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husbands would agree that to hear that question from their wife is akin to being
asked to boil oneself in oil. However, what about when a child asks or needs to
recently reported (July 2006), the American Medical Association and the Center
for Disease Control have been discussing just how to inform a child and parents
when a child’s weight is greater than appropriate for age, height and gender.
At issue is upsetting the child or family if they are told directly that the
child is obese. Hence they are considering adopting the terms, “at risk of
overweight” when body mass index is in the 85th - 94th percentile for their sex
and age, and “overweight” when body mass index exceeds the 94th
percentile. Of concern to their position, is that by being indirect about the
issue, the child and parents may not take the situation as seriously as
necessary and the child’s health may thus be compromised.
above discussion occurs in a context where obesity rates in America have more
than doubled in the past 30 years and today’s children and youth may not live
as long as their parents for no other reason but for their obesity. Obesity
leads to coronary heart disease, stroke and diabetes.
stands in stark contrast to eating disorders such as anorexia and bulimia and it
may be that in view of these disorders, parents and professionals alike are
actually afraid of harping on weighty kids, fearing the pendulum may swing in
those directions. Further, with so much talk about self-esteem, there is also
concern that direct discussion on matters of weight might cause children to feel
poorly about themselves.
seems the pendulum has so swung in favour of concern for psychological processes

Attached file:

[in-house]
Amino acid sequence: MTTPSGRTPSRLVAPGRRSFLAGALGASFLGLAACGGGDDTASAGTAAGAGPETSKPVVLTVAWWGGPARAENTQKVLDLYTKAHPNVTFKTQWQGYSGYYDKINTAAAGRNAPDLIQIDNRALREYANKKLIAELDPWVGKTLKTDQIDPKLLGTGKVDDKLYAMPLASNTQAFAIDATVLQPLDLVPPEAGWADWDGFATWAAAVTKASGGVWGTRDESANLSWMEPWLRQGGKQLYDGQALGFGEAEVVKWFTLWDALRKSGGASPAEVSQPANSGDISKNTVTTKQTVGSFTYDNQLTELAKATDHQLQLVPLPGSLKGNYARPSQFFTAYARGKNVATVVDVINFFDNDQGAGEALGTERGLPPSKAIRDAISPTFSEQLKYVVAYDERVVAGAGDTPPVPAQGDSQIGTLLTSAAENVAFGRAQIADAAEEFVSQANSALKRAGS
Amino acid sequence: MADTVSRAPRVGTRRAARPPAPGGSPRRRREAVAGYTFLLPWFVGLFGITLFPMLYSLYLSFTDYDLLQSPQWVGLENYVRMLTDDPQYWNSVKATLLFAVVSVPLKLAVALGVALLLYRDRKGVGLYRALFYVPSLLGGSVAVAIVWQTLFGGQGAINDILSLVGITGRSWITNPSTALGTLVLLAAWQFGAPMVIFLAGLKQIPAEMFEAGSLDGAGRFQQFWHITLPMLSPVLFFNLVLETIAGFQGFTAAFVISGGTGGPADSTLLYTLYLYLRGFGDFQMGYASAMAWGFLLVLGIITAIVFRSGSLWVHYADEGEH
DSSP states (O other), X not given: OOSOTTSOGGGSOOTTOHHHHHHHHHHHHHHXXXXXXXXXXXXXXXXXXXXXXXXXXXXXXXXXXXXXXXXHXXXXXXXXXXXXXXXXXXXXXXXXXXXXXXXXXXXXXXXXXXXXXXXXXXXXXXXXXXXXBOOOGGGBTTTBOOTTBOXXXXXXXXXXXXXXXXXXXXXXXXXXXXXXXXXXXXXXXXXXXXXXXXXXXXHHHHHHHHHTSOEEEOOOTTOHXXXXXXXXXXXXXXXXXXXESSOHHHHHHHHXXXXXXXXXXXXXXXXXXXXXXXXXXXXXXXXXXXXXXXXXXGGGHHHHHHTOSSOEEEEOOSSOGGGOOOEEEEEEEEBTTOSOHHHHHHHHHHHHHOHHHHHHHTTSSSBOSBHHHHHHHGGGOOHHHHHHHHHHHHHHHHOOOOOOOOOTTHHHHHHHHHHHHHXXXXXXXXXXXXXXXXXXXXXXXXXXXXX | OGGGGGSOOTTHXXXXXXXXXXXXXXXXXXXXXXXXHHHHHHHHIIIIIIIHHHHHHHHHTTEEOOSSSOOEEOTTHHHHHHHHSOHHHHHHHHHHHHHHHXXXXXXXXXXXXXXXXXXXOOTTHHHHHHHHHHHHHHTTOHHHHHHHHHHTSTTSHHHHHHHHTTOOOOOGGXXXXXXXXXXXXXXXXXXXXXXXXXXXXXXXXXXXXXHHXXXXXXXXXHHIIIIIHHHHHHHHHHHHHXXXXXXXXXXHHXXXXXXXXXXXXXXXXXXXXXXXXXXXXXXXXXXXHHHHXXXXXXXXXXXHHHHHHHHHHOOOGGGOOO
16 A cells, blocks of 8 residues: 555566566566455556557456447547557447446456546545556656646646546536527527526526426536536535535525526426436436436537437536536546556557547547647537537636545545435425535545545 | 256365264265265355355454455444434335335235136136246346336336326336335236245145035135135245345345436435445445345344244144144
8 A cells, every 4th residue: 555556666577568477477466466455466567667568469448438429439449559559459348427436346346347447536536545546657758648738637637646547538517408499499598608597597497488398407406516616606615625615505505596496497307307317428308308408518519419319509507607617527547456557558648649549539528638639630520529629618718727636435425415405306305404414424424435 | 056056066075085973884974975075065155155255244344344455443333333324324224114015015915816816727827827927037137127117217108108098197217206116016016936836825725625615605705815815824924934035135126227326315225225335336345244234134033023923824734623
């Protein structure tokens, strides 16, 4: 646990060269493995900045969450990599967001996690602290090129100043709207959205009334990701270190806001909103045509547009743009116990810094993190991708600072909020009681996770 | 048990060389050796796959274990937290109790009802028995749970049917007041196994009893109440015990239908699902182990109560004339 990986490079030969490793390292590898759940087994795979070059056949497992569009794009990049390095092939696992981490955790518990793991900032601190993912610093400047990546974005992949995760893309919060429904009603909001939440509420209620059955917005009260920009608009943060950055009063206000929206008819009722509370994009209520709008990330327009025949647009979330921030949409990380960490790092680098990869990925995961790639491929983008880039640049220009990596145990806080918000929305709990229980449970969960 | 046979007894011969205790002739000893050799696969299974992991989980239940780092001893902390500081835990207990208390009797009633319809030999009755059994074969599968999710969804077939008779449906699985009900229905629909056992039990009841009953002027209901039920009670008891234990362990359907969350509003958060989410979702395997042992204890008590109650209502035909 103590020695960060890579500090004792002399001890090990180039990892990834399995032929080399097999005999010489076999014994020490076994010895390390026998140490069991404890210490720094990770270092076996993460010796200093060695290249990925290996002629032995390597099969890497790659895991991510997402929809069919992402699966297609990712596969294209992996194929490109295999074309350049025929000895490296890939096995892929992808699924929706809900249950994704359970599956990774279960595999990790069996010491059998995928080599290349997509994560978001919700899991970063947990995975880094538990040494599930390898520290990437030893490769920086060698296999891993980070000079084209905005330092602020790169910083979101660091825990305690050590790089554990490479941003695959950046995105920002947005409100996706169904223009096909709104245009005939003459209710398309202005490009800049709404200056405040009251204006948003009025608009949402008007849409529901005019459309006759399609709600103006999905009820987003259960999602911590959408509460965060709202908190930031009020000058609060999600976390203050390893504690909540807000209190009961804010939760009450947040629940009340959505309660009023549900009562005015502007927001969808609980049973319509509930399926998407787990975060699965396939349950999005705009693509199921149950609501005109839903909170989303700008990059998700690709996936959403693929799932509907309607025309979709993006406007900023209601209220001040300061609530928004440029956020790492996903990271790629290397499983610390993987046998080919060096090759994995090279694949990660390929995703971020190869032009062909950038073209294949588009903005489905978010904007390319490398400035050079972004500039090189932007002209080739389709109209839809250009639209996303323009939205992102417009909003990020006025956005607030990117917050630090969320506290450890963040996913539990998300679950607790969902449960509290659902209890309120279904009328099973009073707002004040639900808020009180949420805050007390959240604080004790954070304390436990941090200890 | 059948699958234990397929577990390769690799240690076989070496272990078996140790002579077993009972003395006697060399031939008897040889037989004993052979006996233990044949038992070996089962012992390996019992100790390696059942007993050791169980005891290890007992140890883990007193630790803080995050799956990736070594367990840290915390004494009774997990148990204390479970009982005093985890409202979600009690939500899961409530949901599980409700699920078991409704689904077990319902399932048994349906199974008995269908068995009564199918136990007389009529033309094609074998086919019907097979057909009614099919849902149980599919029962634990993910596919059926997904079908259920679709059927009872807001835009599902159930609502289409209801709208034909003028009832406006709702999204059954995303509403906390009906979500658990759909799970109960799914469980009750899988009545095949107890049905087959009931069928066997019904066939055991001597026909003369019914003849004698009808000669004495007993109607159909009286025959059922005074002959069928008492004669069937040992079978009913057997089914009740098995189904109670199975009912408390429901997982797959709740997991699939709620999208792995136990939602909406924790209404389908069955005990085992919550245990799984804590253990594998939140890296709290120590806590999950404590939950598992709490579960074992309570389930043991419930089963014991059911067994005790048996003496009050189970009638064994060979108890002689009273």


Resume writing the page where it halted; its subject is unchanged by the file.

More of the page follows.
that physical health is now compromised. The challenge is to bring both into
balance where neither physical nor psychological health be put at risk.
regard to obesity, it is perhaps best then if taken out of the realm of
psychology and treated as the medical issue it is. As we similarly are
forthright about other medical conditions our children face, so too should we be
forthright about obesity. Children need to learn about appropriate nutrition,
diet, health, exercise and self-care. If their weight is greater than
appropriate, they should receive reasonable feedback and direction to remedy the
condition, just as they would any other medical concern.
the long run, self-esteem is a function of being valued. Concern for a child’s
medical well-being is an indicator to the child of being valued despite any
upset that may be felt in the moment. Further, concern for the longevity and
health of a child is about as caring a gesture a parent can make. Lastly, it is
actually more difficult to feel good about oneself as a child if weight causes
the child to be ostracized or causes the child to be left behind in physical
issue is therefore not to tell the child or not to be forthright, but utilize
sensitivity and provide support and solutions to aid the child in the pursuit of
a healthy weight and lifestyle.
forthright; don’t let weight be an indicator of the child’s worth or value
to you the parent; support reasonable nutrition, diet, health and exercise. Your
child will be physically better off and for sure they will know they are loved.
We only take such good care of those things we hold dear.
Direnfeld, MSW, RSW
Call Gary for your next conference and for expert opinion on family matters. Services include counselling, mediation, assessment, assessment critiques and workshops.
For information on Direnfeld's book, Raising Kids Without Raising Cane, click here.
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